The Day Racing Made Me Cry
It was Sunday morning and we'd already had a long 80 hours at Circuit of the Americas. I was dehydrated, sunburnt, hungry and exhausted... yet content. Tosha and I were sitting in one of the packed Club Level dining rooms in the COTA paddock building enjoying our first real meal in days. On the far wall, a huge floor-to-ceiling screen displayed the MotoGP North America Talent Cup broadcast. The race had just ended and the image on screen was from an on-bike camera pointing at the back of a rider, which meant everyone in the room was staring at a 3-foot tall display of the word "BISON" emblazoned across the back of the suit's accordion panel. I looked around at all these people from all over the world and realized this was it - this was the next level.
Tosha scarfed the last of her brisket down and chucked her plate in the trash. "Let's get down to the podium!" She exclaimed. I looked down at the last bit of food on my plate, knowing that once I got up from this table I was going right back to work. Even though it was Sunday and the weekend was pretty much over, there was still a lot of work to be done at the Bison booth. "You go ahead, I'm going to finish this and I'll be right behind you." Again... it had been a long 80 hours leading up to this moment. Grover and Kim of Sage Tailoring had been up until the early morning hours with Tosha and I working on suits, remeasuring competitors and repairing cosmetic crash damage from the race prior. After a few hours of sleep we were back up and at it again, albeit with the help of several caffeinated beverages. I just needed a minute.
Normally in this moment I would have been scrambling to the podium (our first all-Bison podium, I might add!) to congratulate the racers and snap a few photos for the 'Gram. Instead, I calmly finished my food and drink and casually tossed my plate and cup. This isn't to say I wasn't excited - quite the contrary! I just felt like I needed to keep myself composed and make my way calmly to the exit. You know, like they say in moves right before all hell breaks loose! As I walked out the door I took another glance at the TV screen which now displayed three Bison-clad racers (Jesse James Shedden, Alex Enriquez and Alessandro Di Mario) rolling into pit lane and being showered with congratulatory applause and hugs from their crews and parents.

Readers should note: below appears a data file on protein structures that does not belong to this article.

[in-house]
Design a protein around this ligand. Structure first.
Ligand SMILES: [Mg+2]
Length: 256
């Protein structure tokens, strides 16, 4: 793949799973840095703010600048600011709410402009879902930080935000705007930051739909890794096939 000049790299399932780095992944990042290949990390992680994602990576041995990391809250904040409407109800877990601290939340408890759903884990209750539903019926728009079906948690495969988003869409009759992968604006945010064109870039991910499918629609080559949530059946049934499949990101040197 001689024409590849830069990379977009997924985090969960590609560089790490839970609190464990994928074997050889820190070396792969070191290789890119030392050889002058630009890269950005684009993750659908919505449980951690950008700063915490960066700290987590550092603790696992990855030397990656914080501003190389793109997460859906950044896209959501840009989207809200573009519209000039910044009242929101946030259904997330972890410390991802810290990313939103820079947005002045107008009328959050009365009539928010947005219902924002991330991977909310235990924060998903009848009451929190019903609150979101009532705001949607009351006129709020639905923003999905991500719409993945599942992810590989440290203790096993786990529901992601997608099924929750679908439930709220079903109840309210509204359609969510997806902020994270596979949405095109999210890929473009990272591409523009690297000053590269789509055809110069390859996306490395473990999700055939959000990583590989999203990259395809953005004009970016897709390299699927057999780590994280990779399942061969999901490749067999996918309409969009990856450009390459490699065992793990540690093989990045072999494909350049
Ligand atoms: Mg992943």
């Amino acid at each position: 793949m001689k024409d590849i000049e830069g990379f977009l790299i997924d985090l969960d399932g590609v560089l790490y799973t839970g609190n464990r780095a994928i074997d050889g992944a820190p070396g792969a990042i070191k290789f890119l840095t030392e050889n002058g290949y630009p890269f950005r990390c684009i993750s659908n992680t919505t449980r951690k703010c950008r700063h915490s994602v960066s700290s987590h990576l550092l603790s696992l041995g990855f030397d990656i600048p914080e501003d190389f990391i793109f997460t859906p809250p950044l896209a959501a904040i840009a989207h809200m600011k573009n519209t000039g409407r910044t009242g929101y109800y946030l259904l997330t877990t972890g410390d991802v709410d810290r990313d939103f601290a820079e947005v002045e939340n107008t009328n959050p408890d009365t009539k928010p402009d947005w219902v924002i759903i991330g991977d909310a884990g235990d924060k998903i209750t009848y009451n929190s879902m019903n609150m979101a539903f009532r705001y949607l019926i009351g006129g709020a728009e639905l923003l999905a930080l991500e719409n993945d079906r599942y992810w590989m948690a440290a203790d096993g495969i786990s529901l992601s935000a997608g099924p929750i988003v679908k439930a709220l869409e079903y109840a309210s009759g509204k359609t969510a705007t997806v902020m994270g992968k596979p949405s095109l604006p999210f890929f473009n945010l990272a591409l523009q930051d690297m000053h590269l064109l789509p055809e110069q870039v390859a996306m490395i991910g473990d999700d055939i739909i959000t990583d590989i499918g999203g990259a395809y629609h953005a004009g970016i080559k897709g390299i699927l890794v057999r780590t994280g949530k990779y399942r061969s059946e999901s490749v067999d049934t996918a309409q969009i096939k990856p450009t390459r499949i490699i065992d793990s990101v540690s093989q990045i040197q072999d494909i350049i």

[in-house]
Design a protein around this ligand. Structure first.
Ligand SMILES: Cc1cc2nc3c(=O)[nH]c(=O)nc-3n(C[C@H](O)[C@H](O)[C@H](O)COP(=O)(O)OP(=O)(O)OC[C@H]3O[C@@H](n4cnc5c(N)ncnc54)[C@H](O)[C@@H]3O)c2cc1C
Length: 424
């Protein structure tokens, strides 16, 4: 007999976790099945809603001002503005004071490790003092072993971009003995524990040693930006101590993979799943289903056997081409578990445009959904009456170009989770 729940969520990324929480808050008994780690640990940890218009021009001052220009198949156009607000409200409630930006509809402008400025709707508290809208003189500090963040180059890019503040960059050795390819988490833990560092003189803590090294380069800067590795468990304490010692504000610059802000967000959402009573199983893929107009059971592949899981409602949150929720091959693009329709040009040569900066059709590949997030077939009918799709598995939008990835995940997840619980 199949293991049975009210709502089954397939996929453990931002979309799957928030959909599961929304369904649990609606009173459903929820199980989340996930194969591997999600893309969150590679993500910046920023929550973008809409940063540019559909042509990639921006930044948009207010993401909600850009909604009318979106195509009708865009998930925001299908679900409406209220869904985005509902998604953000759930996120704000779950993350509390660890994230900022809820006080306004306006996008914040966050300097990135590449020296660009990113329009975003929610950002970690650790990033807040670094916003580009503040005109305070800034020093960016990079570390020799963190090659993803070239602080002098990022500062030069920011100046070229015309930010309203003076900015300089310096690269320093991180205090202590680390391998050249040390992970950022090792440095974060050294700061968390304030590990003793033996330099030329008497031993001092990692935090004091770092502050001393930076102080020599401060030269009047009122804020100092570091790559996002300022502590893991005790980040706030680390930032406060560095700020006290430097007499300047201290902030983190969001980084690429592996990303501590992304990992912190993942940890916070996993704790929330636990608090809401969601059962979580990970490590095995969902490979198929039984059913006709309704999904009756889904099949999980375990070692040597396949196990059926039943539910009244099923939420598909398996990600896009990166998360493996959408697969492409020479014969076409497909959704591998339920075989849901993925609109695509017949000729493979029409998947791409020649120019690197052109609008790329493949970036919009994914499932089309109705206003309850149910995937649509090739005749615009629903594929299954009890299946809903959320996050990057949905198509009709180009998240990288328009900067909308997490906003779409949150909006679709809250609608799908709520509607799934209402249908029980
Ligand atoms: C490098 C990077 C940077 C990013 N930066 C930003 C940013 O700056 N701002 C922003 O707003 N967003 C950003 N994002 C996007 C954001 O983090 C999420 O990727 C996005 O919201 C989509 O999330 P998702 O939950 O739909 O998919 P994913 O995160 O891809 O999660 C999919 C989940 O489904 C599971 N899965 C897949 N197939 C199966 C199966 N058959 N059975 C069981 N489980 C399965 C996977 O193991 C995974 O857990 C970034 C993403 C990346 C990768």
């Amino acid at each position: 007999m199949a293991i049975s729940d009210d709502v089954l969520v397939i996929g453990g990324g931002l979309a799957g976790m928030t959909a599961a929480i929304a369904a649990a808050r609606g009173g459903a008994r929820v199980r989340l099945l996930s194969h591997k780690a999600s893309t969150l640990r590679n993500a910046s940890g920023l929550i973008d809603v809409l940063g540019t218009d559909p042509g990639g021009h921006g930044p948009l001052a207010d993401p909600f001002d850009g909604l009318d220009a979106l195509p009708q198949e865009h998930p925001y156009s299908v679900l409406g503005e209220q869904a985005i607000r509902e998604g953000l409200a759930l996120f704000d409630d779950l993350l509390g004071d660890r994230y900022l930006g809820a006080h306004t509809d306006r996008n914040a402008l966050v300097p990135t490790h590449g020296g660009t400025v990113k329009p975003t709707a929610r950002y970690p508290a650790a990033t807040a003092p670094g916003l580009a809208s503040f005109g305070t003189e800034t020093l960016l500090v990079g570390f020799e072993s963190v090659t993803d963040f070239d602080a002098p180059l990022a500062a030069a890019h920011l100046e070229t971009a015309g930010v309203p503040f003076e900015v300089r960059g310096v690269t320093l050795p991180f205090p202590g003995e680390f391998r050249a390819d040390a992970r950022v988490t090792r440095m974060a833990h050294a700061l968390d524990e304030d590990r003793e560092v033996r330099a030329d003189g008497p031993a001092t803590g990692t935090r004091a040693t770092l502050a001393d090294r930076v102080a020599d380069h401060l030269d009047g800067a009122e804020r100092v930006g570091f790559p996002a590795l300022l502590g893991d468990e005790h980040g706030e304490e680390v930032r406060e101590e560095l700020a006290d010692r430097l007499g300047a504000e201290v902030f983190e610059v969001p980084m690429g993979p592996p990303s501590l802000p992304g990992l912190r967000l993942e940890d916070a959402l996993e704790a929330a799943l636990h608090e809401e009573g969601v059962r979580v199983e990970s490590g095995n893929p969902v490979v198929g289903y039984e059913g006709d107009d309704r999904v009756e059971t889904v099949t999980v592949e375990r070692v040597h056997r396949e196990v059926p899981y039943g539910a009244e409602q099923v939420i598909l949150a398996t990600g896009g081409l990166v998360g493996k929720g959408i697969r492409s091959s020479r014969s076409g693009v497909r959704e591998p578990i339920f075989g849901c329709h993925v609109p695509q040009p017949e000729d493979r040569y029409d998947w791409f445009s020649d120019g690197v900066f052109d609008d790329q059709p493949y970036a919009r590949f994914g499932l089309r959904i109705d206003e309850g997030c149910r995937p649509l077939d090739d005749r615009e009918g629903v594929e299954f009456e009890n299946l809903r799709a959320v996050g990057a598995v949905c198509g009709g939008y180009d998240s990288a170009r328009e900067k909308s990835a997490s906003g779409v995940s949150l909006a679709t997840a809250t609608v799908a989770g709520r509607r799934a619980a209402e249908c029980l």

Despite my excitement I leisurely made my way down the concourse, down the stairs and onto pit road where MotoGP teams were preparing to take to the track for morning warm-ups. As I walked down pit road I looked across the front straight at the grandstands where I had watched the prior years' races with my family. To my right, just within arms' reach, were all the GP bikes I had only ever admired from afar. Their exhausts puffed my hair and filled my nostrils with the fumes of combusted race fuel as I walked past. I had made it about 3/4 of the way down pit road when I took a break from gawking at the GP machines and looked back across at the grandstands. There, on three huge screens above the fans, Jesse, Alex and Alessandro stood atop the podium steps. "Please rise and remove your caps for the playing of the United States national anthem for Jesse Shedden". The crowd stood, the anthem started, and something profound happened.